According to the October 3, 2017, U.S. Drought Monitor, moderate to exceptional drought covers 14.4% of the contiguous United States, an increase from last week’s 13.8%. However, the worst drought categories (extreme to exceptional drought) decreased from 2.4% last week to 1.4%.
The main atmospheric circulation pattern continued to be an upper-level trough over the western contiguous United States and an upper-level ridge over the East. However, weather systems migrated through this pattern, dragging mostly dry Canadian cold fronts along with them. And by the end of the week, a third front stalled out over the Great Plains.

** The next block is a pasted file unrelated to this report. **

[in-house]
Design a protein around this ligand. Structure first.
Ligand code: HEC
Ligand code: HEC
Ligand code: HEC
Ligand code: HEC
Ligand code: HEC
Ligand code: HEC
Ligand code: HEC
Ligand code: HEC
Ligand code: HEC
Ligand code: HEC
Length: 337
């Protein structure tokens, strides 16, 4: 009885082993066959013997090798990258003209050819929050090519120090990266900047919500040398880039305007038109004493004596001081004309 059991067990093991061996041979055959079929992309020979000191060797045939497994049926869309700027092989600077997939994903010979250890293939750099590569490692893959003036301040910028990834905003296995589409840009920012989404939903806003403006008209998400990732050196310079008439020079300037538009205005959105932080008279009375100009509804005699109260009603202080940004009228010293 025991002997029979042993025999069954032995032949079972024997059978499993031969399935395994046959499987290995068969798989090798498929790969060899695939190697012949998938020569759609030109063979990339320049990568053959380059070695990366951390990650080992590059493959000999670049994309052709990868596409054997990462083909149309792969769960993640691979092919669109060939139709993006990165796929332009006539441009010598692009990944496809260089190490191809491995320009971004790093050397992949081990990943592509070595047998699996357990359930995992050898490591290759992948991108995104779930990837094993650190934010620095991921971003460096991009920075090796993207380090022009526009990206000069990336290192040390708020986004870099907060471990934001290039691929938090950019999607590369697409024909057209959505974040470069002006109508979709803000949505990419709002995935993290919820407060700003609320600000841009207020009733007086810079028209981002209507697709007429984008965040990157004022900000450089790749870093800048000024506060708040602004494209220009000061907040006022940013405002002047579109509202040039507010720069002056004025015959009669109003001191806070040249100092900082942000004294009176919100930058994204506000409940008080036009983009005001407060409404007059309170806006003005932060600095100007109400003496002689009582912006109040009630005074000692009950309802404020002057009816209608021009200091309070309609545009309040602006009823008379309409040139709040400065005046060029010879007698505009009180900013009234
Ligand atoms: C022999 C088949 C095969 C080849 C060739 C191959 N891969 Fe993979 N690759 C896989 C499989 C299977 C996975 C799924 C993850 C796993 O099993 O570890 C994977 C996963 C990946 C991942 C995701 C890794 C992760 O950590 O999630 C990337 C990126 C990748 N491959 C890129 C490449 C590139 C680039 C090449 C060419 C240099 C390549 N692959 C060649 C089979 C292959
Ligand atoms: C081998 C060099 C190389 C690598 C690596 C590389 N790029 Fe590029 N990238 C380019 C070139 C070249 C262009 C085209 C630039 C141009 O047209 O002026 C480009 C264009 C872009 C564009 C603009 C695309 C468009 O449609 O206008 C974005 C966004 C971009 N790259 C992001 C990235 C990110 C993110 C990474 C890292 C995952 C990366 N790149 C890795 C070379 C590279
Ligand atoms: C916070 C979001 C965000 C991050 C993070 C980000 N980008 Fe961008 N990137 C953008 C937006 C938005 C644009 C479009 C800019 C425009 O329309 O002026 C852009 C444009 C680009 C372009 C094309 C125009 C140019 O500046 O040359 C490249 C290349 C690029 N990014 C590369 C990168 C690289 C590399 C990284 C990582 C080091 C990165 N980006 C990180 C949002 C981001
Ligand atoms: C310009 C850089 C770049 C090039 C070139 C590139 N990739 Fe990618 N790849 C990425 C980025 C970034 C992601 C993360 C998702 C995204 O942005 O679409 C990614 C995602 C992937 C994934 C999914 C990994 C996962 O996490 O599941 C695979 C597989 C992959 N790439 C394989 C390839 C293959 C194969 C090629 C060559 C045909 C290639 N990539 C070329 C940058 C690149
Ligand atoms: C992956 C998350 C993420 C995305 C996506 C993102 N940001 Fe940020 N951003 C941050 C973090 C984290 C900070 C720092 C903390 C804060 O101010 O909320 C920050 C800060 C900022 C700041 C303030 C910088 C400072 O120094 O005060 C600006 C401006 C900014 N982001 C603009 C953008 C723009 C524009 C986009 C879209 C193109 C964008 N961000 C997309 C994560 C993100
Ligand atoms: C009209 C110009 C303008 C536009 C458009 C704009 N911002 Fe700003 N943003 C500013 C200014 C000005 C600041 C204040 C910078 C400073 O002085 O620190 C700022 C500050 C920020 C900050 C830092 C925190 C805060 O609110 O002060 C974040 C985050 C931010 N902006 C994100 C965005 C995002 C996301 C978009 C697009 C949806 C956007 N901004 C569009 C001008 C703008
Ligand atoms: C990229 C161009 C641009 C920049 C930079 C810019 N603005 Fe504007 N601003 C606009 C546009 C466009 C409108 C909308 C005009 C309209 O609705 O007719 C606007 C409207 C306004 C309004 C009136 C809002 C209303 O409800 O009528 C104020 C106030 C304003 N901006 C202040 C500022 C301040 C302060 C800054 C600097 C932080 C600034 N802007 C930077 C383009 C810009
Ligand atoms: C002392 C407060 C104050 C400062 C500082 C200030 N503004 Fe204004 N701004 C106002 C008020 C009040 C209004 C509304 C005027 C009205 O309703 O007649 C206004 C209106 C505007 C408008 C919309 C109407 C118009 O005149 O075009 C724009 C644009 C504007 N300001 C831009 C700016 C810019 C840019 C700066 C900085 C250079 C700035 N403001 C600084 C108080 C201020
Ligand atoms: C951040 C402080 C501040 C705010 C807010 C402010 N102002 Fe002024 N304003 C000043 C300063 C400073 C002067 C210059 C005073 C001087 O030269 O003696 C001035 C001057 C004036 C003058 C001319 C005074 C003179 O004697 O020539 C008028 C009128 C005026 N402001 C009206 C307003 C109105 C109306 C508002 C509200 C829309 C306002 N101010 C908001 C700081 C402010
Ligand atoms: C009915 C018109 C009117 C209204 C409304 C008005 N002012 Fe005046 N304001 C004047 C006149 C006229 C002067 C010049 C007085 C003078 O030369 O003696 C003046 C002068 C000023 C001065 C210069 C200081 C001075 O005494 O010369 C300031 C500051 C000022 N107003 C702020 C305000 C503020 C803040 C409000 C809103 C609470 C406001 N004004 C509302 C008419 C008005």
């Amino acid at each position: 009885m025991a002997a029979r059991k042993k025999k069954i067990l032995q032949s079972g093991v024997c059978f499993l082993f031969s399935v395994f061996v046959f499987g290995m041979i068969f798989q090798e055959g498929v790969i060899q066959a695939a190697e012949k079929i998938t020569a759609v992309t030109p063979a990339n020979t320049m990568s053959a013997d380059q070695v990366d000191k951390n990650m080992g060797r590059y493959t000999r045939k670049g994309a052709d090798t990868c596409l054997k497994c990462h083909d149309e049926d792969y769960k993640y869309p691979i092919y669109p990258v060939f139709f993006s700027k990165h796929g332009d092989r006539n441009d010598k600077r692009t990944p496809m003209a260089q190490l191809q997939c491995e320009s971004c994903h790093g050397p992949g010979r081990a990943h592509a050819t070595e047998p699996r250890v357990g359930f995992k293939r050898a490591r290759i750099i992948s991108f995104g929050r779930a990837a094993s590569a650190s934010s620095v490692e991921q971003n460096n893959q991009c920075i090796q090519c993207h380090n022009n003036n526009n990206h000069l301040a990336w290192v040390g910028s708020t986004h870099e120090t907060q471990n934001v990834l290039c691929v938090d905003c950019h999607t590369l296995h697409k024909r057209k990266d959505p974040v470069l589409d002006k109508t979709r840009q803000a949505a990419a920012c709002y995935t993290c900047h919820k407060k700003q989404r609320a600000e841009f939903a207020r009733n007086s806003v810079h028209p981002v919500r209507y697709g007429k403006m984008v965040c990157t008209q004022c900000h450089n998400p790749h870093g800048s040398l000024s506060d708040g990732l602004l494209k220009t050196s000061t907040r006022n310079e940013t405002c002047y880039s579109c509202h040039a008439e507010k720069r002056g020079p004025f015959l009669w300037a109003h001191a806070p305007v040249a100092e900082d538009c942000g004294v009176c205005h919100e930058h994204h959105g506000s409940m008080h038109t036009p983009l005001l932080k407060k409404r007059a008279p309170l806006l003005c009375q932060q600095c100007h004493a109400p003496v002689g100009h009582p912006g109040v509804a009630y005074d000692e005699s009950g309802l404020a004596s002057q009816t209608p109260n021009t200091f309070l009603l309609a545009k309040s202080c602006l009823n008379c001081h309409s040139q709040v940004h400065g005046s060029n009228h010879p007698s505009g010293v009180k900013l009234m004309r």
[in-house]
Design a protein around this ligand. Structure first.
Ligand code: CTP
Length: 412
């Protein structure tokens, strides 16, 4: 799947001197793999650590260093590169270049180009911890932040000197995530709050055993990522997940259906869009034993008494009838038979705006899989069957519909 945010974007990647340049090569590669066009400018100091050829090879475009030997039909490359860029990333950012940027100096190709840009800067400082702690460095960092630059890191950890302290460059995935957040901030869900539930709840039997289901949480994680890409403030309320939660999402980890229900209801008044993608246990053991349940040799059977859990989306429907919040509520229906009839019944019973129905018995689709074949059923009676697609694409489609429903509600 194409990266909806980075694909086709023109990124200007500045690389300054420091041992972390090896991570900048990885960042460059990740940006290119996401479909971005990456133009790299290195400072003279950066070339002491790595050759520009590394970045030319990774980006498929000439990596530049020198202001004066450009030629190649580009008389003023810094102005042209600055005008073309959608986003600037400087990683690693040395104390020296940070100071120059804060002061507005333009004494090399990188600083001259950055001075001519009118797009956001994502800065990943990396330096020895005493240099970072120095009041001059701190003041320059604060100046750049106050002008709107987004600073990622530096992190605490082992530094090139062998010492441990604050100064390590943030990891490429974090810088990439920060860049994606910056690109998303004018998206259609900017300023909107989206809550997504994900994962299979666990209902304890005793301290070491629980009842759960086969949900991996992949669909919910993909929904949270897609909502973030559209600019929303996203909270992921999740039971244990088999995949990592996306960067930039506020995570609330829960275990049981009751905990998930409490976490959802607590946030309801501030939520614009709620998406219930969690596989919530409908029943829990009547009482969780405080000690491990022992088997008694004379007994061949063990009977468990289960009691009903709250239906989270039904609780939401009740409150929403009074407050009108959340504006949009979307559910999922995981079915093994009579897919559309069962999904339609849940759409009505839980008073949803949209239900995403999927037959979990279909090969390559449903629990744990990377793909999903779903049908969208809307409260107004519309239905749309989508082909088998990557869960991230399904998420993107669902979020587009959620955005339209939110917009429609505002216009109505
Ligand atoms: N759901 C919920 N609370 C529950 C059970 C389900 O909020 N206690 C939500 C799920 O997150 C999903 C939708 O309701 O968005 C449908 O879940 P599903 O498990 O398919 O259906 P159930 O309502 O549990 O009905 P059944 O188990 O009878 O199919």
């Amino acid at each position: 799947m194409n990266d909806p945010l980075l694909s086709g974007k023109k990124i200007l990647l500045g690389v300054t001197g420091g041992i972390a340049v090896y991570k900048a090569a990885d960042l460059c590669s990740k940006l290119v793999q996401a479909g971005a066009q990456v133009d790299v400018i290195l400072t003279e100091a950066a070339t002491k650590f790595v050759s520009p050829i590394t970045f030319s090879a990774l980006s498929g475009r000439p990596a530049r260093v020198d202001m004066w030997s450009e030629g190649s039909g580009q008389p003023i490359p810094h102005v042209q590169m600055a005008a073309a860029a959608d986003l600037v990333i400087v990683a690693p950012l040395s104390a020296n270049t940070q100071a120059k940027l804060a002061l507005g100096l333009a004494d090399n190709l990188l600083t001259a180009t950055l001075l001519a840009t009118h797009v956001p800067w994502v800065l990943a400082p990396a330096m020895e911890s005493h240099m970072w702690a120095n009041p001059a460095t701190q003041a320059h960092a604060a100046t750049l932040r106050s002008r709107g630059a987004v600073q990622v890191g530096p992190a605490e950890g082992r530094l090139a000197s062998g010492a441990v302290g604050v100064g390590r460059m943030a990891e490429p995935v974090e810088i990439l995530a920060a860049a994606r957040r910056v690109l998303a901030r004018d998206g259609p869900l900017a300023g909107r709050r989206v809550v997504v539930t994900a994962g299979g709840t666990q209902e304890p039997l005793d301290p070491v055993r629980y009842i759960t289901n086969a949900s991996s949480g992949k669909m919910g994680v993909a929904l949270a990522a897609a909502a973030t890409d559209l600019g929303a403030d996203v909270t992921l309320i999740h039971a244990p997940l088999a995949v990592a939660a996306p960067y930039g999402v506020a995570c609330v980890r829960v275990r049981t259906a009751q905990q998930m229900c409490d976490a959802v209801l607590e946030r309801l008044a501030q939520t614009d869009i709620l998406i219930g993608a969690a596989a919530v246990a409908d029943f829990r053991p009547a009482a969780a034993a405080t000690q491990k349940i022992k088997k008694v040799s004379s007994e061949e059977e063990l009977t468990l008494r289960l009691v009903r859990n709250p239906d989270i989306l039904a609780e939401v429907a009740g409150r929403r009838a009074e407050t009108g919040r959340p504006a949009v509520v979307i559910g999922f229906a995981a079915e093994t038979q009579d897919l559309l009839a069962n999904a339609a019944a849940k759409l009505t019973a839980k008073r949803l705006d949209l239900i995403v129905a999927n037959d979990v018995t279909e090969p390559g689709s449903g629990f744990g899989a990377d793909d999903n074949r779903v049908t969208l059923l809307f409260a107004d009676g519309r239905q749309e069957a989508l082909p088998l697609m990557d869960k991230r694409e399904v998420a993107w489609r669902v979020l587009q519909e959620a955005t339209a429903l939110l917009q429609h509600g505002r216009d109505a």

The fronts left above-normal precipitation in their wake from the Rockies to Upper Midwest and improved drought conditions. Temperatures averaged below normal beneath the trough in the West and above normal from the Plains to East Coast beneath the upper-level ridge. The ridge also kept the weather dry from the Mississippi River to the East Coast, with drought and abnormal dryness expanding in places.
Abnormal dryness and drought are currently affecting nearly 127 million people across the United States—about 40.7% of the country’s population.
In addition to Drought.gov, you can find further information on the current drought as well as on this week’s Drought Monitor update at the National Drought Mitigation Center. See their recent news releases.
The most recent U.S. Drought Outlook is available from NOAA’s Climate Prediction Center and the U.S. Department of Agriculture provides information about the drought’s influence on crops and livestock.